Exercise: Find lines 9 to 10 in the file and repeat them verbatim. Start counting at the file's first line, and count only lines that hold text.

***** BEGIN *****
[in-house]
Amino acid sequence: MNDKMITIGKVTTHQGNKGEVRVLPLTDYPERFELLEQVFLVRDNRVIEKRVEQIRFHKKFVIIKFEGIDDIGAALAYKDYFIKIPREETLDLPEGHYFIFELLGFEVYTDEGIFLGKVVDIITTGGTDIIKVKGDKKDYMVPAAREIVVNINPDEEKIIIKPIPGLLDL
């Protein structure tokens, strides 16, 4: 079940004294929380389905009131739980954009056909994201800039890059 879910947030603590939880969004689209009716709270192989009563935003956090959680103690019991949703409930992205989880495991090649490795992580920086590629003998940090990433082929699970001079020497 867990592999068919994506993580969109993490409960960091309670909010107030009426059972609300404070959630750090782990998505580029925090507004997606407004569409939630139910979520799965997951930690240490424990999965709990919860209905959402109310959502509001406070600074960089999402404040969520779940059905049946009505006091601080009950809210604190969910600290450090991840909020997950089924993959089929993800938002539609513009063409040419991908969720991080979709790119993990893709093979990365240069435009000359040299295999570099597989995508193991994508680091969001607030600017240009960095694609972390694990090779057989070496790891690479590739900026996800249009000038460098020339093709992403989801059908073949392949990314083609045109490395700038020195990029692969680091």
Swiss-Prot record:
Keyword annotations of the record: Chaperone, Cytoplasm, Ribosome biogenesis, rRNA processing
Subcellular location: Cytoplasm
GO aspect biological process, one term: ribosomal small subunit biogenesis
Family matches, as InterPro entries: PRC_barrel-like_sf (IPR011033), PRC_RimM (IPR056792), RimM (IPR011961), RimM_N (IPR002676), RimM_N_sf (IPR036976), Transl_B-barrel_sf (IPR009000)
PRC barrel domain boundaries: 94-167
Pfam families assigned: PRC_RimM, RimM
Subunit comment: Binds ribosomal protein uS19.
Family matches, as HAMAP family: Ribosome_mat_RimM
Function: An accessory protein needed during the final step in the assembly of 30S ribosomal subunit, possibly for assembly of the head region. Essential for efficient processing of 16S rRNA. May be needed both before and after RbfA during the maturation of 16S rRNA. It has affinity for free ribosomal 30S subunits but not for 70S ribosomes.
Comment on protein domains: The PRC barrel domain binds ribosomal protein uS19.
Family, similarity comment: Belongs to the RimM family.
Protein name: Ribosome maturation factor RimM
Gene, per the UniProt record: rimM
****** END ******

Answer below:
PRC barrel domain boundaries: 94-167
Pfam families assigned: PRC_RimM, RimM